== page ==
Vagus nerve stimulation at the ear: Is it for breast cancer survivors?


TENS stimulation at the ear. I am smiling - the stimulation is comfortable - but the clips take a bit of getting use to.

What is Vagus n and stimulation?

Vagus nerves (two) are major players in receiving and sending information between the brain and the organs- heart, lungs, spleen, liver and all of the digestive organs. It is a large part of the nervous system (parasympathetic) that works to bring about calmness and restoration to the body.


Research into medical devices that stimulate the vagus nerves is very recent, yet the practices that directly impact on the vagus nerves are very ancient. The medical devices started with a nerve stimulation unit surgically implanted (internal) at the neck and more recently have progressed to external devices that use TENS ( transcutaneous electrical nerve stimulation device) connected to the ear. The ancient practices known to stimulate calming are meditation, chanting and singing (not sure about head banger music though) and the more recent diverse range of mindfullness practices.


There is amazing research that demonstrate the impact of Vagus nerve ear stimulation at the brain. The brain MRI studies have shown specific areas of the brain light up; reflecting activity & energy when the ear stimulation device is working. The location of stimulation at the ear has also been investigated using MRI: stimulation on the outer ear differs in the brain responses to that when stimulation is applied to the concha part of the ear. If you want to see an example then go to this full free access paper/research.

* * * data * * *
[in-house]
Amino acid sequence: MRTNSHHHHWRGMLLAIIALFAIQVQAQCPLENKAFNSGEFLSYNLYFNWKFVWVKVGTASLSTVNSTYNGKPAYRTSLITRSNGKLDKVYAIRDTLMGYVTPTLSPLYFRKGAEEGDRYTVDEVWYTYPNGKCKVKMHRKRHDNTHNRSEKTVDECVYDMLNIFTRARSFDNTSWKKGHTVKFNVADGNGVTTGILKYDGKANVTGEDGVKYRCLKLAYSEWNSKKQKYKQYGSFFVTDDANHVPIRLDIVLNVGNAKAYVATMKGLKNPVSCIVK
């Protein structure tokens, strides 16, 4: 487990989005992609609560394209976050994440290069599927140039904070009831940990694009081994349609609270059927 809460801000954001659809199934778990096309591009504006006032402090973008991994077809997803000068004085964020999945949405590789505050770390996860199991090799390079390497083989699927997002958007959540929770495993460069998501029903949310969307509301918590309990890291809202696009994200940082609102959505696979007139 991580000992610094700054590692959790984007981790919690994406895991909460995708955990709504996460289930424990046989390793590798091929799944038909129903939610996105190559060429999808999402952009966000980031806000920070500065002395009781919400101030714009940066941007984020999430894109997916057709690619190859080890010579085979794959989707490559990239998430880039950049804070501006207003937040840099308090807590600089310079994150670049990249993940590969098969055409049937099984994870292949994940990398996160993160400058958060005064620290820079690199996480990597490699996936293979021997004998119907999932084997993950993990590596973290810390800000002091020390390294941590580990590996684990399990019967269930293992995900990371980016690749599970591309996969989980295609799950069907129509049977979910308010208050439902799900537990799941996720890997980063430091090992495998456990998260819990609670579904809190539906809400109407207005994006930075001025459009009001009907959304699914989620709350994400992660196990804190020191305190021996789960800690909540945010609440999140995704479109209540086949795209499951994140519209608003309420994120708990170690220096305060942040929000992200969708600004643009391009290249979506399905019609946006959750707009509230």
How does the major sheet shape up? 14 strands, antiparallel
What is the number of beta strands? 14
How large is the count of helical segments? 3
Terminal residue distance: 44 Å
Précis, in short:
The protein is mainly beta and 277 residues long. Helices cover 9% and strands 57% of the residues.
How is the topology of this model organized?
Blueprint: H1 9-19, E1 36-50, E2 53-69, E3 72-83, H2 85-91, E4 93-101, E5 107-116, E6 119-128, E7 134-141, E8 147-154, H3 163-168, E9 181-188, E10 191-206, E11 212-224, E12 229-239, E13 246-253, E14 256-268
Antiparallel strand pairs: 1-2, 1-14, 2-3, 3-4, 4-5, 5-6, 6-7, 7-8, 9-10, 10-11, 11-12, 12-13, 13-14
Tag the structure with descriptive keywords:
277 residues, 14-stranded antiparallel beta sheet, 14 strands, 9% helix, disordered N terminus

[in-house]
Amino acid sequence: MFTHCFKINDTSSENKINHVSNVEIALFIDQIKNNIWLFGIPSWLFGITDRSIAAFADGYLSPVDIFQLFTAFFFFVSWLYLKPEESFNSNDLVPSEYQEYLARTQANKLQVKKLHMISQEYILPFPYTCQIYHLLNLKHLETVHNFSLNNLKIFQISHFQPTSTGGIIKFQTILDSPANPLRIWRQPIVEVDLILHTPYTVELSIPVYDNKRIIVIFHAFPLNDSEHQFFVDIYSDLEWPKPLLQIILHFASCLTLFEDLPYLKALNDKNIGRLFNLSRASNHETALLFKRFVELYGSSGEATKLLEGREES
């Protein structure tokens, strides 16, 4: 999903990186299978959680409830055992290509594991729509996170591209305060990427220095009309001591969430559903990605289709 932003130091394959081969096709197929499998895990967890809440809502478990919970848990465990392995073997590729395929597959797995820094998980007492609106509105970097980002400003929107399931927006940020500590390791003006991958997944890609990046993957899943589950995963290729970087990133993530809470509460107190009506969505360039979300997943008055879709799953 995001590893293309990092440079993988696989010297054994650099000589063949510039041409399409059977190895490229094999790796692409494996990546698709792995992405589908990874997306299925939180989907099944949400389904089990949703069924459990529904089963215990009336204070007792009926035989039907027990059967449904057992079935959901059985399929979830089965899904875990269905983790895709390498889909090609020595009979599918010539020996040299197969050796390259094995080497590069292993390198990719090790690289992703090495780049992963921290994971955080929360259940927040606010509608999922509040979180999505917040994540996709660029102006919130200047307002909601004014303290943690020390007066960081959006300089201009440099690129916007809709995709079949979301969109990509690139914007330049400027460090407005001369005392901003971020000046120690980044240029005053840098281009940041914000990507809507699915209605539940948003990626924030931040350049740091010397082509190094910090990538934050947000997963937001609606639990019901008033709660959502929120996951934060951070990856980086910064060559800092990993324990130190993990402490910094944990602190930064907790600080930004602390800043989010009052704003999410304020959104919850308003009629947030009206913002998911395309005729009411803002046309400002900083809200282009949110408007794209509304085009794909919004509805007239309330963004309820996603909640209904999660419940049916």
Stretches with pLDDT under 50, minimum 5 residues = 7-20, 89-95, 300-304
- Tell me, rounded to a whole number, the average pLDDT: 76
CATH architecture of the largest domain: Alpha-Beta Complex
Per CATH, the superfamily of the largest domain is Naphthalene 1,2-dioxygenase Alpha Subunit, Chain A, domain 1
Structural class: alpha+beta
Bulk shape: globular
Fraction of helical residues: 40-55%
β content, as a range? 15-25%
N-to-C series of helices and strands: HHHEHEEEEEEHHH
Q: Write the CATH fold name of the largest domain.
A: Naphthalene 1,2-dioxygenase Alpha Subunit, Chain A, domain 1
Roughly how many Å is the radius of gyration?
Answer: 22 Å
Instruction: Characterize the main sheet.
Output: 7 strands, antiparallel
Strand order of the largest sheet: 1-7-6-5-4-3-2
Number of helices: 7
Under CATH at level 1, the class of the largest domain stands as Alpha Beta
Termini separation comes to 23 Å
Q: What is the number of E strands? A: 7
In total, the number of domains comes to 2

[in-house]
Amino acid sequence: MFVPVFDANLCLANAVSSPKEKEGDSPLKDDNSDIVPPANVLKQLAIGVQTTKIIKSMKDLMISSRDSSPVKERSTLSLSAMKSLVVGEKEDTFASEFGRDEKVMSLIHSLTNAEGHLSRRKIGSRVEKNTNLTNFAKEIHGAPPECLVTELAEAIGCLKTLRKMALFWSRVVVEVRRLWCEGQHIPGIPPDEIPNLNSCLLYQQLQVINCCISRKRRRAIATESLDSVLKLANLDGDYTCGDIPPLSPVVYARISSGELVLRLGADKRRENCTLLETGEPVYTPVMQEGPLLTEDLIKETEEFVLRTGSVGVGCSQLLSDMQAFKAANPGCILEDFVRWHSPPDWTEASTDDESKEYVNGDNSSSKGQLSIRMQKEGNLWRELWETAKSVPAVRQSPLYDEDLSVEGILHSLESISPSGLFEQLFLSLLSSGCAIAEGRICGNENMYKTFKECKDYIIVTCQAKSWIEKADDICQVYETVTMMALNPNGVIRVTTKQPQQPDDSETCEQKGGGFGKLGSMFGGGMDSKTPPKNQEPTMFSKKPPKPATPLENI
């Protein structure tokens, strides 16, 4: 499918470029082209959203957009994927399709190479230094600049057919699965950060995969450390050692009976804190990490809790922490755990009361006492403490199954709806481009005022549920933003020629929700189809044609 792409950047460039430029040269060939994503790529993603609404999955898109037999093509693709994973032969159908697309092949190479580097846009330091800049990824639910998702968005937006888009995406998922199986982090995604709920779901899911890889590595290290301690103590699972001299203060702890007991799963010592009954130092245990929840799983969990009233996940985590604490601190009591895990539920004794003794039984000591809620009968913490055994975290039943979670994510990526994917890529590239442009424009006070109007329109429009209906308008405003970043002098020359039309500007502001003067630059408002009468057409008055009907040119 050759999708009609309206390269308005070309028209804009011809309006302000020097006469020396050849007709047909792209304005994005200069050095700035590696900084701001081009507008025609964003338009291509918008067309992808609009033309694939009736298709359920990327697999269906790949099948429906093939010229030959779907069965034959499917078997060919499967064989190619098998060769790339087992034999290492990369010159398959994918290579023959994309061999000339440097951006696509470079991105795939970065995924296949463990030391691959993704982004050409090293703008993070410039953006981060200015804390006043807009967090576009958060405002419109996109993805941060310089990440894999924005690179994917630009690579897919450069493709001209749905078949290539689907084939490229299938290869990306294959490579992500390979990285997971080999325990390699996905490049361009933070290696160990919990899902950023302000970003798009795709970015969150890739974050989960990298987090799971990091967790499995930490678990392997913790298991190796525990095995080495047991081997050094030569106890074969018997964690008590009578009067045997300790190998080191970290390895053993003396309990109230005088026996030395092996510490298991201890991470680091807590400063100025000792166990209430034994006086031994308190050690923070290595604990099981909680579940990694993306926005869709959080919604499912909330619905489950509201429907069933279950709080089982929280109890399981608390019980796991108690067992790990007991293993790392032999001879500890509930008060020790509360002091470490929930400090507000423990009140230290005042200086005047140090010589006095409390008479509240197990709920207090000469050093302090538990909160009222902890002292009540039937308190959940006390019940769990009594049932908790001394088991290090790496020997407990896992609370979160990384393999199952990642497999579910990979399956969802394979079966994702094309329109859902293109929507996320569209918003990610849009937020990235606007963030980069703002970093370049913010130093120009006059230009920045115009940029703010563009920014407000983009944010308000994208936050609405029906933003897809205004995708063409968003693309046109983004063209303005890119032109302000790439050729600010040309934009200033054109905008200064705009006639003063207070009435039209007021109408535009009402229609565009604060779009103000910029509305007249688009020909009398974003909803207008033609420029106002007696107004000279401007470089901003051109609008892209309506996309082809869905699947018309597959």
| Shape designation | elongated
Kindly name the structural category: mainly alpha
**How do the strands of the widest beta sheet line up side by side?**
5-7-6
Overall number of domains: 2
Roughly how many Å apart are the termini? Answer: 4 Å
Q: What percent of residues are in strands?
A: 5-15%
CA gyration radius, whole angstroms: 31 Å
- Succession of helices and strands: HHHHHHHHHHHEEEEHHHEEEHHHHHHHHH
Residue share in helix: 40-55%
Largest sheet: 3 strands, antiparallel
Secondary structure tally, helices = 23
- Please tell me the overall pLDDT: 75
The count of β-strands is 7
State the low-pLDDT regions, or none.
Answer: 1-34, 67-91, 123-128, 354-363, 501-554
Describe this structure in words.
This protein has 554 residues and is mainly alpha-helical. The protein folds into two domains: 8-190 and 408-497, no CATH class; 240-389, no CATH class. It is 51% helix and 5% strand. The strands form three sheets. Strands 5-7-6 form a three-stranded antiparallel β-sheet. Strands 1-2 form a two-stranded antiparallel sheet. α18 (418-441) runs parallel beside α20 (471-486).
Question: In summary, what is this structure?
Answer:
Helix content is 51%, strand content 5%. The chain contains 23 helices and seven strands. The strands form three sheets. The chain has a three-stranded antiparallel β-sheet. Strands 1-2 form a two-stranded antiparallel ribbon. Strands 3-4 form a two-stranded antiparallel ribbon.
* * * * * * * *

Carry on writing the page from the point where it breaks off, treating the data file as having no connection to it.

I loved viewing these MRI images, as it is rare for a clinician to see the inner body responding to our therapy. We tend to see the external results- patients report they feel less pain or can move their limbs better. The external results for TENS at the ear are that research subjects report positive changes in feelings of depression, anxiety, certain digestion issues and pain. These changes are have been significantly more than the placebo effect.


As a clinician I am particularly excited by both the low cost of the device and the ease for patients to learn to use TENS at the ear as a home- treatment program. The research treatment method has been really helpful in providing a cost effective service that can be replicated in the clinic. Most of the studies involved the subjects being asessed for TENS ear stimulation suitability and to establish electrical levels, with instruction and training in use of the device at home over a period of 4-8 weeks. This method adds to the cost effectiveness of TENS to the ear intervention.


Now the "buts" and more clarification.


An individual's symtoms do need to be assessed, so there can be a better understanding of what the body needs- calming or activation. There are also serious warnings that would make using the TENS unit at the ear a clear too high risk - such as if the person has a pacemaker or implantable cardioverter defibrillators (ICDs). Also there are a number of settings on every TENS machine and therfore individuals do need to have these settings and timing developed and monitored.


You can do a preliminary investigation into the capacity of your own Vagus N - more specifically the sensation at the skin, at the concha part of ear. Use a safe method to apply cool and then light touch to this area: both ears (not inside the ear canal!). Then compare the sense of feeling. If the nerve is a little low in transmission power - the sensation of light touch, cool and warm will be less. This testing method requires you to have one healthy vagus nerve to skin, to compare sensation between the ears.




It wont be for everyone-

B: " I just could not get both ear clips into the right place easily - my ear is very small and when I did- I felt quite nauseous afterwards. It just seemed too strong for my body"